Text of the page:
When we want to retrieve information from a database, we query the structure with language appropriate to the database.
Remember right at the start of this series we saw that a database could be a phone book or a recipe book. So how do we find the phone number of Randolph West? By looking up the surnames starting with W, and going through all the Wests in alphabetical order until we get to that entry.
The same goes for finding the recipe for lemon meringue in a recipe book. Start at the index at the back, look through the desserts, and then search for meringue.
In a RDBMS (relational database management system), the language for querying data is called Structured Query Language, or SQL. We can pronounce it like “sequel”, or sound out each letter.
SQL Server is commonly pronounced “Sequel Server”. MySQL is pronounced “My-S-Q-L”, sounding out the letters (some people pronounce it “My-Sequel”). It all depends on who’s saying it. PostgreSQL is just pronounced “Postgres”, because seriously.
These, along with Oracle, are the major players in the RDBMS industry.
When it comes to putting information into a database server, and getting information out, we can write queries that look very similar across platforms. This is thanks to a standards body called ANSI (American National Standards Institute), which (with proposals from each vendor) has suggested ANSI SQL syntax that all vendors should use.
For the sake of this series, we will assume that the vendors do follow the standard exactly, but in reality it isn’t that simple.
Putting data in: INSERT
Adding new data to a database is performed using an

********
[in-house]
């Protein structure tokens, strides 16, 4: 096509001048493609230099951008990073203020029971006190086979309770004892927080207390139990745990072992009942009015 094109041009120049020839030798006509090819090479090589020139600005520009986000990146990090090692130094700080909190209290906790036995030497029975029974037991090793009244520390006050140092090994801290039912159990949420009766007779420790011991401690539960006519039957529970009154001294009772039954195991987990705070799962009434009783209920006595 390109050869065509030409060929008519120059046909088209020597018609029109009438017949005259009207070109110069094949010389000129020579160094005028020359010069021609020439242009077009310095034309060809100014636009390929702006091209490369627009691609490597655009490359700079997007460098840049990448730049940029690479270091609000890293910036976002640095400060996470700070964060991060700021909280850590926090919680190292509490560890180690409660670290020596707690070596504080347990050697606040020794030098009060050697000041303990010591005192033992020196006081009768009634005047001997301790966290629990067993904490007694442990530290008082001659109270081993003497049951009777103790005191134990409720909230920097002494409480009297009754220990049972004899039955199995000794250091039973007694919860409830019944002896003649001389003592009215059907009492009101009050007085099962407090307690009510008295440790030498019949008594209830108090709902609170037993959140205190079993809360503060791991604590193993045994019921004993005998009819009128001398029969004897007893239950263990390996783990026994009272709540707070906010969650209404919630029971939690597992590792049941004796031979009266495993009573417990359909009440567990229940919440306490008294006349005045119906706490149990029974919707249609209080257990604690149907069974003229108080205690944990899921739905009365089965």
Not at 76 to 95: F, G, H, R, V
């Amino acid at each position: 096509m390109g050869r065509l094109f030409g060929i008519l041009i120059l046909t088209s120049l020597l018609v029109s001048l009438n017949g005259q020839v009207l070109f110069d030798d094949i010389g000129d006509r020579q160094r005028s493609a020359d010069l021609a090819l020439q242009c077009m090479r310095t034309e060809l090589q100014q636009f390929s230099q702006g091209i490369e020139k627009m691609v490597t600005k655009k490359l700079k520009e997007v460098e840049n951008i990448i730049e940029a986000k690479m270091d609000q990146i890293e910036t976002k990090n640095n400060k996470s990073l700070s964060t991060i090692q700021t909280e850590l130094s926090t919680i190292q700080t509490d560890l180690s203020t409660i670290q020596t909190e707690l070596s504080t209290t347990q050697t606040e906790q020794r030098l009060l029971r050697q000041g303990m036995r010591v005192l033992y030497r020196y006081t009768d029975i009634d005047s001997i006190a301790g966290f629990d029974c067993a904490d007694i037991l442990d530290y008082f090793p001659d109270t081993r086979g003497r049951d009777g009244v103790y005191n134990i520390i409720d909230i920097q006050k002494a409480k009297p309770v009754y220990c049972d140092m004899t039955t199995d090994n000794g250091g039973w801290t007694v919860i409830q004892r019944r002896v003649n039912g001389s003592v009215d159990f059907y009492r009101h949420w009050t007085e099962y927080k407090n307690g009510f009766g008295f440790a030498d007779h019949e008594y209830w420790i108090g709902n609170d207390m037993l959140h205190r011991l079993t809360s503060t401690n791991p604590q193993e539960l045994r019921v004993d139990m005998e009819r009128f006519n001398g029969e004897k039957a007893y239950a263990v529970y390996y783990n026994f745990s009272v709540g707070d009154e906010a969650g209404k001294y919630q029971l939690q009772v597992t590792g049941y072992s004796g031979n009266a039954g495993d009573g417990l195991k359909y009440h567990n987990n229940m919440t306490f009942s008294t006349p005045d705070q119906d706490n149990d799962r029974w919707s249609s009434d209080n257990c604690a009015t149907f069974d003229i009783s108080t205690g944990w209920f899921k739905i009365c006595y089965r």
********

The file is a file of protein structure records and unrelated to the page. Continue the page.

Changing data: UPDATE
Modifying existing data is done with an
Getting rid of data: DELETE
Removing rows from a table is performed with a
Getting data out: SELECT
The vast majority of operations in a database has to do with data retrieval. To get data out, we
In technical circles, between software developers and database developers, we might refer to these four operations using the mnemonic CRUD, which stands for Create, Read, Update, Delete.
When referring to a specific database or application, it could mean that the database is just being used as a data store (a virtual box of random stuff) and may not have proper relationships between the tables, nor be normalized.
There’s nothing necessarily evil about denormalized data, because the application code may handle that intelligence. Be wary though. Using an RDBMS to store non-relational data might cause headaches.
Next time we will write our first
SELECT statement to query a database. Stay tuned!
Look me up on Twitter if you want to ask any questions about this series, on @bornsql.